Perhaps it was the late hour. Or the fact that at 3am, I was wrapping up a viewing of Todd Solondz’s Palindromes. But after the credits started rolling, I clicked over to election results, because I needed a hearty chuckle. And boy did I ever get one! After watching a Solondzian heroine get the emotional tar get beaten out of her, it’s hard to consider bleaker realities. Really, if large majorities are continuing to insist on their right to determine the happiness of a minority, the rest of us need to dream up ideal comeuppance. And with all of our usual high-profile heroes missing in action when we need them to make it rain glitter in Bangor, it’s high time to finesse our approach. And scale back our expectations. I’m not asking that gay marriage advocates throw their hands up in the air and give up. We live in the age of Gaga, so that’s not an option. I’m suggesting they just follow the strategies of smart parents everywhere: If you two can’t learn to share your Pokémon cards, neither of you get to play with them. It’s that simple!
Only in lieu of actual Pokémon cards, just imagine marriage. Until people sort out their fuss with gay marriage and how same-sex couples tying the knot threaten the realities of their family lives (is no one else watching Modern Family and secretly surprised by its straight-gay domestic brilliance?), perhaps they should be lobbying for everyone everywhere to have their right to matrimony revoked. We’ll file it under “precautionary measures.” Because clearly if someone fails to grasp the blandly egalitarian nature of humans, the last thing they should be doing is settling down with someone else in order to spawn more human life. Obviously, those otherwise thwarted wedding festivities would’ve gone a long way towards perking up the economy. So in this sense, some could argue that the proposal’s proponents are being totally un-American. And they wouldn’t be too far from the truth.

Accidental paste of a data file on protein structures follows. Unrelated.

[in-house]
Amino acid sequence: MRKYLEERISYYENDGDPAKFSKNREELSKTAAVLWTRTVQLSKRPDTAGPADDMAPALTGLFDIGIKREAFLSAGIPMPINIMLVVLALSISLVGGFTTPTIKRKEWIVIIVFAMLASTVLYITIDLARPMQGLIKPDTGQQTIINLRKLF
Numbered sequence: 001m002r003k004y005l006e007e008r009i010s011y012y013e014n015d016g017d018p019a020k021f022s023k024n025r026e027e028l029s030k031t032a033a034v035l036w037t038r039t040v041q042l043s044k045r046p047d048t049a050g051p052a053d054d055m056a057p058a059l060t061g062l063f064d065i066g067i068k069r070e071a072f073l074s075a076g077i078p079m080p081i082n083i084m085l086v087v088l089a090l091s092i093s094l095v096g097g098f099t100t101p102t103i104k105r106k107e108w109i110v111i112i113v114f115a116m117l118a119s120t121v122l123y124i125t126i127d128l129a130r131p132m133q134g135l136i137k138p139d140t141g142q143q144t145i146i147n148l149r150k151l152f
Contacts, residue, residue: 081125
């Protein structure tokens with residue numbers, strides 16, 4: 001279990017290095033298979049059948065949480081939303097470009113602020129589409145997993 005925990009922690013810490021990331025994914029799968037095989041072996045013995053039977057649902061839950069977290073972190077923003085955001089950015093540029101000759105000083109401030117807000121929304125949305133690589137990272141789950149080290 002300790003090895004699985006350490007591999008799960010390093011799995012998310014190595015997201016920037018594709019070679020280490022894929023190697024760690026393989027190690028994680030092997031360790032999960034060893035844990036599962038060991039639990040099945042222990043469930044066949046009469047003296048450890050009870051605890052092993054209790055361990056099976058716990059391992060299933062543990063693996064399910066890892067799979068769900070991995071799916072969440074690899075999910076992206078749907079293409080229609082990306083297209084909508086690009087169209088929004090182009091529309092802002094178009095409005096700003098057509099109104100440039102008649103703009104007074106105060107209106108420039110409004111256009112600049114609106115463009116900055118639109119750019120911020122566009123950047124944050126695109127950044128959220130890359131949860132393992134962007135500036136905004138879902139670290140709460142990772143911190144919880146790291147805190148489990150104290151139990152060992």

Last November, on the eve of the Obama-McCain election, I had a conversation with a high school friend that awkwardly broached this subject. These encounters with old acquaintances are invariably laced with some measure of horror. This is why you valiantly try to keep the discourse light and fluffy. But you consent to the reunions to see where the rest of the world stands. Because New York, as much as we’d love it to be, isn’t the entire world. The outcome of our palaver left me mortified. My friend turned to me and she said, “You know, on one hand I want you to be happy. But on the other, my faith tells me the exact opposite is the right thing. So … I just don’t know!” I resisted a Regina George-sized freakout and instead smiled, nodded politely.
Then I realized that my friend’s logic may be the same kind that pervaded most of the electorate during the Prop. 8 hysteria in California and again during last night’s repeal in Maine. No one really knows what they’re voting against. They’re just voting against “the other.” These people aren’t being malicious. They just don’t know any better. And the least we can do, as gay marriage advocates, is take them to the nearest bar and get them plastered enough until they realize just how stupidly unreasonable they’ve been all along.